Kootenai (Kutenai) [Idaho]  Search this
Klamath  Search this
Kickapoo [Oklahoma]  Search this
Oto  Search this
Spokan  Search this
Yakama (Yakima)  Search this
A:shiwi (Zuni)  Search this
Ohkay Owingeh (San Juan Pueblo)  Search this
Cochiti Pueblo  Search this
Type:
Collection descriptions
Archival materials
Notes
Letters
Clippings
Legal documents
Place:
Eastern Band of Cherokee Indians of North Carolina
Date:
1932-1958
Summary:
These are the papers of Washington, D.C. attorney James E. Curry, whose legal career included work both as a government attorney and in his own private practice. The bulk of the papers reflect his private practice in the area of Indian affairs.
Scope and Contents:
The material in the collection includes documents relating to many aspects of Curry's career but most of it relates to his work with Indian tribes and the National Congress of American Indians. For the most, the collection is made up of such materials as letters exchanged with government officials, Indians, and other attorneys; copies of legal documents; published government documents; notes; and clippings and other printed materials. Of particular significance is a subject file relating to Indian affairs. It includes material concerning affairs of Alaskan natives and the Aleut (Akutan, Pribilof Islands), Apache (including Fort Sill, Jicarilla, Mescalero, San Carlos White Mountain), Arapaho (Southern), Assiniboine (Fort Belknap, Fort Peck), Bannock (including Fort Hall), Blackfeet, Caddo, Catawba, Cherokee (Eastern), Cheyenne (Northern, Southern), Chickahominy, Chickasaw, Chippewa (including Lac Courte Oreilles), Choctaw, Cochiti, Cocopa, Coeur d'Alene, Colville, Comanche, Creek, Croatan, Crow, Dakota (Big Foot, Cheyenne River, Crow Creek, Devil's Lake, Flandreau, Fort Totten, Lower Brule, Mdewakanton, Oglala, Rosebud, Santee, Sisseton-Wahpeton, Standing Rock, Yankton), Delaware, Eskimo (including Gambell, Kiana), Flathead, Fox, Haida (including Kasaan), Havasupai, Hopi, Iroquois (Caughnawaga, Seneca, St. Regis), Isleta, Jemez, Kalilspel, Kansa (Kaw), Kickapoo, Kiowa, Klamath, Kutenai, Laguna, Lummi, Maricopa (Gila River, Salt River), Menominee, Missouria, Mohave (Fort Mohave), Mohave Apache (Fort McDowell), Muckleshoot, Navaho, Nez Perce, Niska, Nooksak, Omaha, Osage, Oto, Papago, Paiute (Fallon, Fort McDermitt), Moapa, Pyramid Lake, Shivwits, Walker River, Yerington), Pima (Gila River, Salt River), Potowatomi, Quinaielt, San Felipe, San Ildefonso, San Juan, Santa Ana, Santa Clara, Sandia, Sauk, Seminole (Florida, Oklahoma), Seneca, Seri, Shawnee (Eastern), Shoshoni (including Fort Hall), Sia, Spokan, Stockbridge, Taos (Pyote clan), Tesuque, Three Affiliated Tribes (Mandan, Arikara, and Hidatsa), Tillamook, Tlingit (including Angoon, Craig, Juneau, Kake, Ketchikan, Klawak, Klukwan, Taku, Wrangell), Tsimshian (Metlakatla), Umatilla, Ute (including Uintah-Ouray), Walapai, Washo, Wesort, Winnebago, Wyandot, Yakima, Yaqui, Yavapai, Yuma, and Zuni. There are also materials relating to Curry's work with the Bureau of Indian Affairs and National Congress of American Indians, and material that reflects his interest in conditions and events in given locations (often filed by state) and in organizations with interest in Indians. The material relating to Curry's work in Puerto Rico has been deposited in the Archivo General de Puerto Rico, Instituto de Cultura Puertorriquena, in San Juan.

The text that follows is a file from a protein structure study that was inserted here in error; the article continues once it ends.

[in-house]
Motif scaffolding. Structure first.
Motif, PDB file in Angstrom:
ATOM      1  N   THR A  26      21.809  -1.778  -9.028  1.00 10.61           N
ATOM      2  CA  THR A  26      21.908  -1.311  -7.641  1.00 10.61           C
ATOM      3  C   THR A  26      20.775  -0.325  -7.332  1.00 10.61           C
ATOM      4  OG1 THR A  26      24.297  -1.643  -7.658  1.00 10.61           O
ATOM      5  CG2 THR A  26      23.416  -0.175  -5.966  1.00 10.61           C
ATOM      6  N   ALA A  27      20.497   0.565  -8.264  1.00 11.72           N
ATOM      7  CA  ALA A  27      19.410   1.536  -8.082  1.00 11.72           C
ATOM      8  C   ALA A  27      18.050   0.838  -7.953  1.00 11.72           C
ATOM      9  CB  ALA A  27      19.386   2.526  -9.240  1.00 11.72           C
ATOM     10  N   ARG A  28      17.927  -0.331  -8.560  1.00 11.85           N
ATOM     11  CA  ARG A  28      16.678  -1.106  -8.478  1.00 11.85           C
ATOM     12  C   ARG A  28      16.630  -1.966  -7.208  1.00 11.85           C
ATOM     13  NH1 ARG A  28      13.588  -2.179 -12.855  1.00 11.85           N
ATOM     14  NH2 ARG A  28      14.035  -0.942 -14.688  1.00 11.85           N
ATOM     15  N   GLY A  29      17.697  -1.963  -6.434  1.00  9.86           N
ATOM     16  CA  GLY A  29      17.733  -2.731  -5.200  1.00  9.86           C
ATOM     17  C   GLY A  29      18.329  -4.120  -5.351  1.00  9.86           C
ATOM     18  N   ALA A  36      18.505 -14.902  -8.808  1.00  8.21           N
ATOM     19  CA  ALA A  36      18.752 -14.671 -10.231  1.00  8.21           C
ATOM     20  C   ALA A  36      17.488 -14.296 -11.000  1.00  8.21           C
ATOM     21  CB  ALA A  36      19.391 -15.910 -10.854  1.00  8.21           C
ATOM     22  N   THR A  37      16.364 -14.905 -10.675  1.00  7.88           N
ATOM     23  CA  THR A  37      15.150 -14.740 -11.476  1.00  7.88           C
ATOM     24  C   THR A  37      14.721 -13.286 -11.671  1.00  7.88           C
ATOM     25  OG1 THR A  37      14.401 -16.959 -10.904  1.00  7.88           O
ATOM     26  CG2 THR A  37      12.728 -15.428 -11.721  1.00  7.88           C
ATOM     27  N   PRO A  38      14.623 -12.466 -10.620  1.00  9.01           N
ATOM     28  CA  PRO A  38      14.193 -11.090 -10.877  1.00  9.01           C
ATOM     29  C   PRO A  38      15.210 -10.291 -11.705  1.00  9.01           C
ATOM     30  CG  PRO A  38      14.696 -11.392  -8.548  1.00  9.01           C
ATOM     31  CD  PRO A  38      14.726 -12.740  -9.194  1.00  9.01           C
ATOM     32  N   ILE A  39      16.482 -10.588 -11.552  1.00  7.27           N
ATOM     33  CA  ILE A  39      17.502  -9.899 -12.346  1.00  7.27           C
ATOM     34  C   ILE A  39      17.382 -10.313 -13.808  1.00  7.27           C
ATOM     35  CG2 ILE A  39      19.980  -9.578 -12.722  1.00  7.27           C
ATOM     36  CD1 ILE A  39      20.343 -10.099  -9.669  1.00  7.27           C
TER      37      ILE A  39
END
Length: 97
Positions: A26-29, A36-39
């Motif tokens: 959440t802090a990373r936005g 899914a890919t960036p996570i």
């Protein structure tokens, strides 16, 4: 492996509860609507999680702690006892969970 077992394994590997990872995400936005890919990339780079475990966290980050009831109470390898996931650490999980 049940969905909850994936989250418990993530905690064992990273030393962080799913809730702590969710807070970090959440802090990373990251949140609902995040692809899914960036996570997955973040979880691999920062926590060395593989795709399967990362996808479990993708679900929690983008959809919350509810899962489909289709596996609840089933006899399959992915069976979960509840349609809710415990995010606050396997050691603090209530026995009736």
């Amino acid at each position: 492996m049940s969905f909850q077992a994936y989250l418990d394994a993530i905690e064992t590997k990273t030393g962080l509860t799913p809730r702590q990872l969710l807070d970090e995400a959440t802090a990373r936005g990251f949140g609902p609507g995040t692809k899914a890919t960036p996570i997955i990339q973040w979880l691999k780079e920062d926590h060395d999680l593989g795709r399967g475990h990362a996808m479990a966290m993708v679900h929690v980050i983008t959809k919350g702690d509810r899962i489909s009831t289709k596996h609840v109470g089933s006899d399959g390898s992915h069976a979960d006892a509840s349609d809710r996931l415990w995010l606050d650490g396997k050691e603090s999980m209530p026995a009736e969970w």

Arrangement note: